As the person playing the role of Keeper, it is my responsibility to explain what is going on in the world at large. This requires a relatively consistent story, but would be no fun without the wild and crazy ideas players have for their Hunters to try. Therefore, the better the rule set, the easier it is to find that sweet balance that makes a game worth playing (or listening to *ehem*).

A good rule set will help guide the group of players as they work out the stories they want to tell. Oftentimes, unexpected events are caused by these rules, and the story becomes something greater than any of the players (Keeper included) could have expected. These little surprises end up making the most memorable scenes.

Monster of the Week not only has a great set of rules, but like many PbtA games, it also comes with a set of Agendas: one for the Players, one for the Keeper. In MotW, these agendas are included on the handy play guides that everyone gets.

As Hunters, your Agenda is:

  • Act like you’re the hero in this story (because you are).
  • Make your own destiny.
  • Find the damn monsters and stop them.
  • Play your hunter like they’re a real person.

I’m ever so very fond of the fact that agenda-wise, the reality of your Hunter’s actions is listed below both heroism and finding and stopping the damn monsters.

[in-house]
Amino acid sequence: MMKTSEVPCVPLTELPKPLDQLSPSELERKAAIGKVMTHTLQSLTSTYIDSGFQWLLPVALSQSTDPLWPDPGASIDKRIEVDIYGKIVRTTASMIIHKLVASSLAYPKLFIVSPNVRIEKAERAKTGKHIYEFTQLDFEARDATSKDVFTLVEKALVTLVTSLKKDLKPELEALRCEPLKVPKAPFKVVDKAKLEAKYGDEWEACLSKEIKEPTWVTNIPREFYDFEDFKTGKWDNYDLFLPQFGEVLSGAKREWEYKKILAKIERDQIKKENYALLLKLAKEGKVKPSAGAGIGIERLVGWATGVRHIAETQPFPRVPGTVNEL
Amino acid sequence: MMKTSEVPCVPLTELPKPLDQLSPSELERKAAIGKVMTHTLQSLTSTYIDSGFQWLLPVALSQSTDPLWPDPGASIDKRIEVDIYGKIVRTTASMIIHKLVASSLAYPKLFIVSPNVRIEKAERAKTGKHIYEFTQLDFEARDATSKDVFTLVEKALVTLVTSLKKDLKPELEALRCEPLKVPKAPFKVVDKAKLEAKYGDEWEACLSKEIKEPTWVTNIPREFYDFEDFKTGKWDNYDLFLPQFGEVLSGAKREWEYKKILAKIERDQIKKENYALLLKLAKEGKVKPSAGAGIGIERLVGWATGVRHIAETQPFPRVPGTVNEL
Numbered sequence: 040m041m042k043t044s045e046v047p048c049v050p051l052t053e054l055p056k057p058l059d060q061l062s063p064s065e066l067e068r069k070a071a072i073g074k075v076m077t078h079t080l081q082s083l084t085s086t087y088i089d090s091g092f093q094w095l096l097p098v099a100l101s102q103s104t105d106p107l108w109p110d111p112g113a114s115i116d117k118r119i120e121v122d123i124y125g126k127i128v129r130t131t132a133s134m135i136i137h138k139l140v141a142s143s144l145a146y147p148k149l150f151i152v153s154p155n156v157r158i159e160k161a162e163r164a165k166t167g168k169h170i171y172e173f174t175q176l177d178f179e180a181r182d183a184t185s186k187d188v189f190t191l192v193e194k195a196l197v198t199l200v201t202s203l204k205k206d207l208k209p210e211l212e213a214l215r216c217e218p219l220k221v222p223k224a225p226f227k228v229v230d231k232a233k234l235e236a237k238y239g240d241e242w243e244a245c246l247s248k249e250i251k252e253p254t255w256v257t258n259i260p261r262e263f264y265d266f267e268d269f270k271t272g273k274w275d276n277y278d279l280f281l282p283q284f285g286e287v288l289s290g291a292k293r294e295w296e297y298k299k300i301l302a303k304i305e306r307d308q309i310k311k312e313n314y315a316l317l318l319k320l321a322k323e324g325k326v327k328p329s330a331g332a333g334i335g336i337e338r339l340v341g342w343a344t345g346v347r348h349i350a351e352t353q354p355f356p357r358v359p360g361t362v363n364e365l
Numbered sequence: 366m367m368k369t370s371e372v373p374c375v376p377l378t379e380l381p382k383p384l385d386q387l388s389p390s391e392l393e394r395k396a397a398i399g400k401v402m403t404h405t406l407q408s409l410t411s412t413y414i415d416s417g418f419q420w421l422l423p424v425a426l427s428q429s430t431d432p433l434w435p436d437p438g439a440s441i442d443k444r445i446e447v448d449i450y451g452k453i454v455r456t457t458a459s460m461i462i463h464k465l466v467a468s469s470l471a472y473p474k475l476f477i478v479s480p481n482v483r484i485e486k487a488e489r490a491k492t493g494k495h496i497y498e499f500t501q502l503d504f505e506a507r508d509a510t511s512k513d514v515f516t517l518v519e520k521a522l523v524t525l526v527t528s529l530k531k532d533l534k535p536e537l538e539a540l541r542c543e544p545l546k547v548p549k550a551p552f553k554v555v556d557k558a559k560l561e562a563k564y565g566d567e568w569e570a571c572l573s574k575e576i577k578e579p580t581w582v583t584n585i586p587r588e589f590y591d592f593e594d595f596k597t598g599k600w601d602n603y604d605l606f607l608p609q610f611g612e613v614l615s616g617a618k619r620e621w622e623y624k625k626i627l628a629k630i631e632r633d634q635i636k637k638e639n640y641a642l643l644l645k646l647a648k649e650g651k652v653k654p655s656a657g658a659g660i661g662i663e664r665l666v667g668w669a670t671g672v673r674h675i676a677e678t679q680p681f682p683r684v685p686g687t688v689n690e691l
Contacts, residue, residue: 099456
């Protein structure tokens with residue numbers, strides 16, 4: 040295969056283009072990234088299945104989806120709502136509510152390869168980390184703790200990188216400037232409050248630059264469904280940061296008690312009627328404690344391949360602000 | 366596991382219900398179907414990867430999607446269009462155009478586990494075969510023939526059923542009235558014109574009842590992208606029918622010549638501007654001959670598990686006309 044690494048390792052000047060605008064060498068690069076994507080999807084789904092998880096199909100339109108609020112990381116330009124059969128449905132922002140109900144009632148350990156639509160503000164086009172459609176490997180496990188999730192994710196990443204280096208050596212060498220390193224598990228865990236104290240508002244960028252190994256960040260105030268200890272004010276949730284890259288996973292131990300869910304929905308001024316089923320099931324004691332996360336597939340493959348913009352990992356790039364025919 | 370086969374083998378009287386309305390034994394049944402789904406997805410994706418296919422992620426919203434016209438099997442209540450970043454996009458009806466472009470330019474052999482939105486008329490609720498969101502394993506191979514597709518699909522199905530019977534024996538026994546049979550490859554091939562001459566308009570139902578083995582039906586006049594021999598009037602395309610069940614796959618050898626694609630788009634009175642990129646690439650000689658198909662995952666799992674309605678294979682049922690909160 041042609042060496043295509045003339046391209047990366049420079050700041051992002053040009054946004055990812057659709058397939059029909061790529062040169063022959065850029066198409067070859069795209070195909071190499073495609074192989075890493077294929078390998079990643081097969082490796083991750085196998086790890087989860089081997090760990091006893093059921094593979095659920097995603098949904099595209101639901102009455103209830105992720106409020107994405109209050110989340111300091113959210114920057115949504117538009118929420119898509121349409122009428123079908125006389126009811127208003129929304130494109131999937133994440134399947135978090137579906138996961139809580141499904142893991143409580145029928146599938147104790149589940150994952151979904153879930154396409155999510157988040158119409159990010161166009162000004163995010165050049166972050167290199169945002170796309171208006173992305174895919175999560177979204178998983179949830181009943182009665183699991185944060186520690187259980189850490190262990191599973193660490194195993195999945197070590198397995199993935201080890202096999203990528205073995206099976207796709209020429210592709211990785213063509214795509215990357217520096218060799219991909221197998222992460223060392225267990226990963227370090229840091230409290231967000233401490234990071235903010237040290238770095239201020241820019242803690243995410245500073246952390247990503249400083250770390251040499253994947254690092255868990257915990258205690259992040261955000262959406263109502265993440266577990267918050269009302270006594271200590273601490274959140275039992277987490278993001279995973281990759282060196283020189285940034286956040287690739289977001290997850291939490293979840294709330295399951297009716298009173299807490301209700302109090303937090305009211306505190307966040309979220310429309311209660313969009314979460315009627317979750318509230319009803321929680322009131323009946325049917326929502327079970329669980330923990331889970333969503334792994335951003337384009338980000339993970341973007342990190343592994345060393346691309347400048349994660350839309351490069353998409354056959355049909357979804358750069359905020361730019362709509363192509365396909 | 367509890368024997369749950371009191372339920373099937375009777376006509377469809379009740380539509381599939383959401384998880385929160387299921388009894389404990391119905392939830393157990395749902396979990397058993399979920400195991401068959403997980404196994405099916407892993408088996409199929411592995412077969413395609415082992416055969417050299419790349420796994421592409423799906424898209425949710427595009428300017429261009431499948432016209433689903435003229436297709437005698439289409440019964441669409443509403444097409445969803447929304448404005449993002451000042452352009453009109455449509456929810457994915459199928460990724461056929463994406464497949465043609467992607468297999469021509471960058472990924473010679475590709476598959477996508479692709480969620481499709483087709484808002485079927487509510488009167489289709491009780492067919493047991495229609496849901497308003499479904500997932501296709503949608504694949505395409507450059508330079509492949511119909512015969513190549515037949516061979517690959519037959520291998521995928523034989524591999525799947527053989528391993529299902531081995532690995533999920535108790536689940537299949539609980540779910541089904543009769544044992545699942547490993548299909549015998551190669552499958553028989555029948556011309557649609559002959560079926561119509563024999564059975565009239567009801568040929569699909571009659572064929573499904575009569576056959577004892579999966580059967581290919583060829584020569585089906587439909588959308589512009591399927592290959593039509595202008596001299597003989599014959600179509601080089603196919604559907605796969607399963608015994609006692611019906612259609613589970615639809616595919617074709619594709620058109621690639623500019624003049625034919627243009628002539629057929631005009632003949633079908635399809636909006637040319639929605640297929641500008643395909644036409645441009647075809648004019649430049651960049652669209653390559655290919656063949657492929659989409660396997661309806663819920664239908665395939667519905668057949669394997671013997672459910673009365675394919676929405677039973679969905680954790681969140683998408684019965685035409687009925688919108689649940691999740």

As Keeper, your agenda is:

  • Make the world seem real.
  • Play to see what happens.
  • Make the hunters’ lives dangerous and scary.

“Play to see what happens” is indicative of the PbtA style, though all of the Keepers agendas are an important part of making the game go on.

This really is improvisational theatre guided by dice and rules. If that sounds a little intimidating, understand that rules for MotW do a great job of providing you with ways to engage with the story and explore what your Hunter is doing at the moment. This is one of my favourite games to use for folks who have never played a role-playing game before. The premise is so clear – Hunters vs. Monsters – and the world is essentially the world as we see it, both of which make it a simple task to get a narrative going. In my experience, people end up engaging with the story and wind up pleasantly surprised by how quickly they slip into playing the role of a Hunter.

Now that you have a feel for the game, let’s get back to the Hunter we met in the beginning. She’s still in that moment; the dice are still tumbling on the table and we don’t know what will happen next. She’s got her pitchfork, and she’s got her mission. With a good set of people and a decent set of rules, this moment matters. Not in any grand sense, but it matters to the people playing the game and that is magic enough.

I very much hope that some of the characters that the Untitled Dice Game crew are creating as we play this game wind up mattering to you as well.

If you are looking to learn more about Monster of the Week, take a visit to Evil Hat’s website, where you can buy the rulebook and get an idea of some of the playbooks and rules. And you can follow along as I lead Untitled Dice Game through a series of mysteries in, The Department of Deliverance.

Thanks for stopping by and happy hunting!

Album cover for The Department of Deliverance